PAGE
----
What Kind of Business Setup Should You Choose as a Freelancer or Entrepreneur?

by |

Four common options exist in most parts of the world. The options include sole trading, partnerships, limited companies, offshore companies. Learn the advantages and disadvantages of eachit’s vital on the path to running an efficient business.

We’ll teach you the most common options and the usual advantages and disadvantages of each option; these may vary from place to place, from country to country.

Because the legal environment for businesses varies by location, always talk to a business advisor or legal advisor before settling on your choice of setup.

Option 1: The Sole Trader

No figures exist on how freelancers and entrepreneurs choose to operate their businesses, but we would bet that about 90% of freelancers start their freelance careers as sole traders. It’s also a very popular choice for new small companies.

A sole trader is simply a business that consists of a single person. In most jurisdictions, you do not have to register a sole trading entity (though you may be able to) with any government authority. However, in some places—Cambodia, for example—you would have a legal requirement to register a sole-trading business – this is normally much cheaper and easier to do than creating any other type of entity. Likewise in Denmark, you have to register your new sole-trading entity, but it can be done online in less than 15 minutes with no costs.

The advantage to being a sole-trading entity is simple; it’s cheap and easy to become a sole trader. In much of the world, you can just say “I’m a sole trader” and that’s all the effort you have to put in.

Author/Copyright holder: Chris Beckett. Copyright terms and licence: CC BY-NC-ND 2.0

When we talk about “sole traders” we don’t mean people who sell shoes or soles – we mean a person who runs a business which is only made up of himself or herself and which takes little effort to form in most places.

Let’s take a look at the advantages and disadvantages of this kind of business:


  • No/low setup cost
  • Can start trading immediately
  • No licences are usually required to run a sole-trading entity (though this may not be true everywhere).
  • Taxation tends to follow income tax. Subtract your expenses from your takings and file a return on the difference, although, in some places, such as Cambodia, you may find that a sole trader has a fixed annual rate of tax, and no income tax is required.
  • In some countries there are also no need to register for VAT (Value-added Tax), but you should check this thoroughly online or talk to a business or legal advisor.


  • A sole trader has no limit to his or her liability. If your business goes bankrupt, you are personally liable for its debts. That means your home, your personal goods, and your bank account may be used to settle the debts.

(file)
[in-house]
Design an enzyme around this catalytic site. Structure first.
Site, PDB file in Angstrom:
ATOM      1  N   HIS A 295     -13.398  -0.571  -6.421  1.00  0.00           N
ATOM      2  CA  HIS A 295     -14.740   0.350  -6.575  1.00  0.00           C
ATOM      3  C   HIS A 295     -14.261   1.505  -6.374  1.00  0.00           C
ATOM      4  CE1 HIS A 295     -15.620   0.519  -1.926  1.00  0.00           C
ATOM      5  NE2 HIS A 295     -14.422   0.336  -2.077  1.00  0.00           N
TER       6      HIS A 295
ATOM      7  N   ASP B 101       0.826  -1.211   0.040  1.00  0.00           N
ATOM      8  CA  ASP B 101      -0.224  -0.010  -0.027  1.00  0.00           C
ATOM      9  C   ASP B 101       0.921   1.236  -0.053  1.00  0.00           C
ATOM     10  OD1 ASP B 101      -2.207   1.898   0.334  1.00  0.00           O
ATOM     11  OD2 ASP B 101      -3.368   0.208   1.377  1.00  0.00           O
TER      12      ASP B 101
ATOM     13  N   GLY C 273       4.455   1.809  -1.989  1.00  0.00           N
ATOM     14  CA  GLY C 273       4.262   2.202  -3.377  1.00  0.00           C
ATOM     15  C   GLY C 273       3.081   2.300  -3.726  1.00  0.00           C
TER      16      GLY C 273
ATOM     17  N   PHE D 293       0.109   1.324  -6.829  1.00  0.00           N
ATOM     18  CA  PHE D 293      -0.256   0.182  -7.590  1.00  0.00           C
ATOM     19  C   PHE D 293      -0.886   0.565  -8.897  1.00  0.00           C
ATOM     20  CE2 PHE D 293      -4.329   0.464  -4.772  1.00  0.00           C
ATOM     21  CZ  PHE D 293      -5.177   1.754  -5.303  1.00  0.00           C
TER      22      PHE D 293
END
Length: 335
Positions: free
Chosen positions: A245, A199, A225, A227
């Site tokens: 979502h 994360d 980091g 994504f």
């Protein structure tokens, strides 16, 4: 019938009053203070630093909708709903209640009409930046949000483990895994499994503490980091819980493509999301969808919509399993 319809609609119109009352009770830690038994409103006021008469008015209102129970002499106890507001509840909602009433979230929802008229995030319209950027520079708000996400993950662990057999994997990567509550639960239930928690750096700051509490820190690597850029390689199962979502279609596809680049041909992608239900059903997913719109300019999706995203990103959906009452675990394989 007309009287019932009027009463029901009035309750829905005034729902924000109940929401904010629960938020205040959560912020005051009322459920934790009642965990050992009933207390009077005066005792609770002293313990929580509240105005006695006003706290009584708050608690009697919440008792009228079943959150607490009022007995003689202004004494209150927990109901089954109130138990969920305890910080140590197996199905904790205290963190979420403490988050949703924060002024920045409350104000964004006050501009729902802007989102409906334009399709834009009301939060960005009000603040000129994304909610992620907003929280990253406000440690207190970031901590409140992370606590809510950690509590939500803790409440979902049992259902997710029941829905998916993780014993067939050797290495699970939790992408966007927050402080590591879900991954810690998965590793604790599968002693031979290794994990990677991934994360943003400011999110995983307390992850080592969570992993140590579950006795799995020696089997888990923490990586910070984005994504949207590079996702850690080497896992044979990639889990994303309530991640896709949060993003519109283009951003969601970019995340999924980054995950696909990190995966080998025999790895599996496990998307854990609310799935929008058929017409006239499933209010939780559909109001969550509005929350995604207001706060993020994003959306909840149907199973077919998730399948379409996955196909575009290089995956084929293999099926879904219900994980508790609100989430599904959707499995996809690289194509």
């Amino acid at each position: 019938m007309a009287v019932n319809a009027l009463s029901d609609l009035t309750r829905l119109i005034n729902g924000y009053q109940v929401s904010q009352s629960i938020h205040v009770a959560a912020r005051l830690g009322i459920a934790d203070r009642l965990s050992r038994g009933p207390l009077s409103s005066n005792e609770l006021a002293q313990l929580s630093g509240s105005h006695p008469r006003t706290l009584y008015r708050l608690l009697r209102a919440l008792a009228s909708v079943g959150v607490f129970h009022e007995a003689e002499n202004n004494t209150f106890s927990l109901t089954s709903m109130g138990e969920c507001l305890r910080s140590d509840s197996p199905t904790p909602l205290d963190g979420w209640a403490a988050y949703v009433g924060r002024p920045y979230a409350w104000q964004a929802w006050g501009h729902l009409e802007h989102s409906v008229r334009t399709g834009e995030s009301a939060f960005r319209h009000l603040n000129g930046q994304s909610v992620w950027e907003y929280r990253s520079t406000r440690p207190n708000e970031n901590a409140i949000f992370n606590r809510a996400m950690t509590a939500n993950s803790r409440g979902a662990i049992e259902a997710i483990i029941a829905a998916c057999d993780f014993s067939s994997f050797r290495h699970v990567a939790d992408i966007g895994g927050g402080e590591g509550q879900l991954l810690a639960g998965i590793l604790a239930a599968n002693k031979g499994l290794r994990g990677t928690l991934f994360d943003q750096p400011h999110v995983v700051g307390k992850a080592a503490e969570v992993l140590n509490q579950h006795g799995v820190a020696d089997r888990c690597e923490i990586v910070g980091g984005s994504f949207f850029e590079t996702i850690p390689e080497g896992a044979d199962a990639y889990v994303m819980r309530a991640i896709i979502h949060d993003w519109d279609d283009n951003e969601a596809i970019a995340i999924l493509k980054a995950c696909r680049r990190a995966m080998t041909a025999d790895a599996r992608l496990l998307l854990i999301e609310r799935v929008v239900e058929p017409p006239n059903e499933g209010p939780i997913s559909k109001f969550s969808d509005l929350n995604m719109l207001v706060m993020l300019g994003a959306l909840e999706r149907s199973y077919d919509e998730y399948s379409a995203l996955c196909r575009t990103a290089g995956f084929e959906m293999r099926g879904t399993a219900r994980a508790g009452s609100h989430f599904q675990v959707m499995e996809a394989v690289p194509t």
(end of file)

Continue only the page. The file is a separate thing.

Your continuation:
• You cannot always claim VAT back as a sole trader—the flipside to not having to charge VAT.
  • You may find it difficult to get a business bank account and have to use your personal banking facilities instead.
  • You may find it difficult to access grants, business support services, etc. as a sole trader – many of these schemes are only open to limited (liability) companies.
  • Sole traders are also often excluded from tax incentive programs aimed at businesses.

Option 2 – Partnership Agreements

This option won’t apply to most freelancers. It’s only used when a group of freelancers come together and decide to work with each other.

However, a partnership is not a commonly used structure for groups of freelancers, either. By and large, it has the same advantages of a sole trader (though incorporation may take longer and cost more) and the same disadvantages.

But—a partnership has one major additional disadvantage. Each partner is jointly and severally liable for the company’s debts. That means if a partnership goes bankrupt, you could find yourself, if your partners have no money/assets, paying for all the debt (even if you didn’t incur that debt) yourself.

That disadvantage is so big that partnerships are very uncommon, except in certain fields such as law and accountancy.

Given that, it’s unlikely that any freelance group will choose a partnership arrangement.

Author/Copyright holder: Wellcome Images. Copyright terms and licence: CC BY 4.0

The partnership agreement has been around for a very long time, but it has a lot of disadvantages, and most freelancers and entrepreneurs will steer clear of this type of company setup.

Option 3 – Limited (Liability) Companies

Depending on where you are in the world, limited companies are denoted by “Ltd.” or “LLC” after their names.

A limited company must be incorporated. Fees for this range from negligible to large sums, depending on where you are basing the company.

You can start a limited company by yourself, or as a group. You can issue shares in that company, although you may not trade those shares on a stock exchange.

Let’s take a look at the advantages and disadvantages of a limited liability company:


  • As long as a limited company is managed properly (something that will be defined by the law of your country), if it goes bankrupt, then any debts are the liability of the company and not the owners. That means if the company’s assets are sold and there is a shortfall with debt remaining, you do not have to pay that debt. This is the biggest reason that people open limited companies.